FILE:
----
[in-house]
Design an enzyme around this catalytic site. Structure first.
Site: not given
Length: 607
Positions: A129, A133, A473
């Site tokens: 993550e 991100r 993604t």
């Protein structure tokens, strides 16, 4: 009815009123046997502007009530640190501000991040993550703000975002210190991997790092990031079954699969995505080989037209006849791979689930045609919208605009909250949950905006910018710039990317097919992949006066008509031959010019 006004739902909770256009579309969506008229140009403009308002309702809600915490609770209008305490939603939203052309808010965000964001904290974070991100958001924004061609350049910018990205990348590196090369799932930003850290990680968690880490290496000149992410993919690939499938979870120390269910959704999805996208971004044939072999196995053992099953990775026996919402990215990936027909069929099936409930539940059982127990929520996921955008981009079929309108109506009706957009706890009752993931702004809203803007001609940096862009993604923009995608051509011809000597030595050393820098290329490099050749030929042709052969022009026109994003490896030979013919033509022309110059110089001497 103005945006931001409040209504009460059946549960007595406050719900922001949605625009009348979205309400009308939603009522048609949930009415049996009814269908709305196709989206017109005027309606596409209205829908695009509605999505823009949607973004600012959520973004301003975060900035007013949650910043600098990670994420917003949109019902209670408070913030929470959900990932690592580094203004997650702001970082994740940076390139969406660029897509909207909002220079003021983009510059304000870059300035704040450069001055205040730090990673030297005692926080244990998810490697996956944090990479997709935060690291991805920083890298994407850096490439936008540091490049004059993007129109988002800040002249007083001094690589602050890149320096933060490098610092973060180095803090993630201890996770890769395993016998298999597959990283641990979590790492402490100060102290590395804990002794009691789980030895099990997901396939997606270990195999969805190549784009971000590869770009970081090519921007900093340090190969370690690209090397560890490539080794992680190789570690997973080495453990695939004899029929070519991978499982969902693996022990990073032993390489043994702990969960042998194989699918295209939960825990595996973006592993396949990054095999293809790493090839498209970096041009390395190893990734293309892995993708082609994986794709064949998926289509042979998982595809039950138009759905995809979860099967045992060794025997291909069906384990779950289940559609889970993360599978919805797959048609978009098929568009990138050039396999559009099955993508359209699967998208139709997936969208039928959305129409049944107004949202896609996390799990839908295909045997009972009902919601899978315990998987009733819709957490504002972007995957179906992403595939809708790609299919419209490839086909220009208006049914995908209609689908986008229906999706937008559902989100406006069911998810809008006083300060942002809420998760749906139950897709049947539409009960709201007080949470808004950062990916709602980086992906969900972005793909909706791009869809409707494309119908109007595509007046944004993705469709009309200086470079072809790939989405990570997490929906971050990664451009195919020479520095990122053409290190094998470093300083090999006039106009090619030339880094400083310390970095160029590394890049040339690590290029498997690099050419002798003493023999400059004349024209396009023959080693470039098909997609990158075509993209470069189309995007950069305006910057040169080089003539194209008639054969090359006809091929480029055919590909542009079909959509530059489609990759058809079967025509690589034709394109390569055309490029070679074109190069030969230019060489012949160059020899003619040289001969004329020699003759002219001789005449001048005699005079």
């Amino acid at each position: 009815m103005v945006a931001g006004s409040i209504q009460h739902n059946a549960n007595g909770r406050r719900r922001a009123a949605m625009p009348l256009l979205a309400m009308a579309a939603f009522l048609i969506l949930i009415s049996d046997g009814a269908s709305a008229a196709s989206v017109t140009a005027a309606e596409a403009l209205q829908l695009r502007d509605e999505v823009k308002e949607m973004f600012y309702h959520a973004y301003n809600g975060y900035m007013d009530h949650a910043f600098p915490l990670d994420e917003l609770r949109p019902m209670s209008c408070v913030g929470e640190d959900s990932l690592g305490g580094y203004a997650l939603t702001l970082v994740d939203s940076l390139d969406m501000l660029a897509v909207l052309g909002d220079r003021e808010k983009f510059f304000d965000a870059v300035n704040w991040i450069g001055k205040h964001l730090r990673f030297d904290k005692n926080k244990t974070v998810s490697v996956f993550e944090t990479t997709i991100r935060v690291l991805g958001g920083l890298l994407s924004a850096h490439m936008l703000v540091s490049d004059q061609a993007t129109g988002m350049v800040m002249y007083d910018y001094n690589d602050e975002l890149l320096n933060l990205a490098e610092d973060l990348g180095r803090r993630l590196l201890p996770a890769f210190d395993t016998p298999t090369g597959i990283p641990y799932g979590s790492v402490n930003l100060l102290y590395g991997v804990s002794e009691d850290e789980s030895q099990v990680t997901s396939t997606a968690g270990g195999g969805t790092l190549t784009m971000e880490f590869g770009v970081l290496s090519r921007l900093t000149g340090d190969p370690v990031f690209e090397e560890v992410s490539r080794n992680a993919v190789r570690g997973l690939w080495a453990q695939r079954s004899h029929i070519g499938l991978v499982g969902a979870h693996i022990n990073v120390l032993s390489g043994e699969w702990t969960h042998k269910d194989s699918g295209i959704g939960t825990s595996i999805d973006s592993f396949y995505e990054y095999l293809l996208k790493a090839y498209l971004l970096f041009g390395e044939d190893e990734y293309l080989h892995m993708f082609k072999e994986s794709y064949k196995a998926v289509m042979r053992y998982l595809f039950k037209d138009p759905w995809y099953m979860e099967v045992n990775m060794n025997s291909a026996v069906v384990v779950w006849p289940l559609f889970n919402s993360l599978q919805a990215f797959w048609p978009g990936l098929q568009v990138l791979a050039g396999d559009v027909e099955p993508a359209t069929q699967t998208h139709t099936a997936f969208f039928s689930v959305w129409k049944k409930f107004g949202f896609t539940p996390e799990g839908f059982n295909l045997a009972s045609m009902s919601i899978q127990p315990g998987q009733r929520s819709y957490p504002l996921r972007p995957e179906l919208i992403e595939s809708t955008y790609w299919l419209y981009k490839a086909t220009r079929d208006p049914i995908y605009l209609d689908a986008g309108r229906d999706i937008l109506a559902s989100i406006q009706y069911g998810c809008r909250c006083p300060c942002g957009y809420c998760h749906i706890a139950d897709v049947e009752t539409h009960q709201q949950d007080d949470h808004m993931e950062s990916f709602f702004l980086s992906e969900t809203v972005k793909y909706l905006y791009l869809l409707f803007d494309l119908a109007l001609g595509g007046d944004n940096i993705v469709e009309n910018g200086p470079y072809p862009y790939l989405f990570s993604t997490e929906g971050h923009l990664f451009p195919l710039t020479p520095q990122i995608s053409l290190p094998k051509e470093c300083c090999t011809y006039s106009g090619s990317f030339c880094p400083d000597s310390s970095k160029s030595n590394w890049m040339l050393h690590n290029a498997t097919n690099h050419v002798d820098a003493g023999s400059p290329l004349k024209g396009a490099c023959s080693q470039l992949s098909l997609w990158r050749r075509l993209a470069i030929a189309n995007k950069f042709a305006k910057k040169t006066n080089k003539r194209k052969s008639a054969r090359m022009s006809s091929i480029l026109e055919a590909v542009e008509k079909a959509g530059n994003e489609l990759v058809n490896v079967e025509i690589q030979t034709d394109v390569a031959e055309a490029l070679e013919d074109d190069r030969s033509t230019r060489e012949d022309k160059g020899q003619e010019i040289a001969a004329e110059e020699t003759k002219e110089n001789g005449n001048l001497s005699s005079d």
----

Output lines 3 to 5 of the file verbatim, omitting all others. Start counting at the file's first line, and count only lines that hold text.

Site: not given
Length: 607
Positions: A129, A133, A473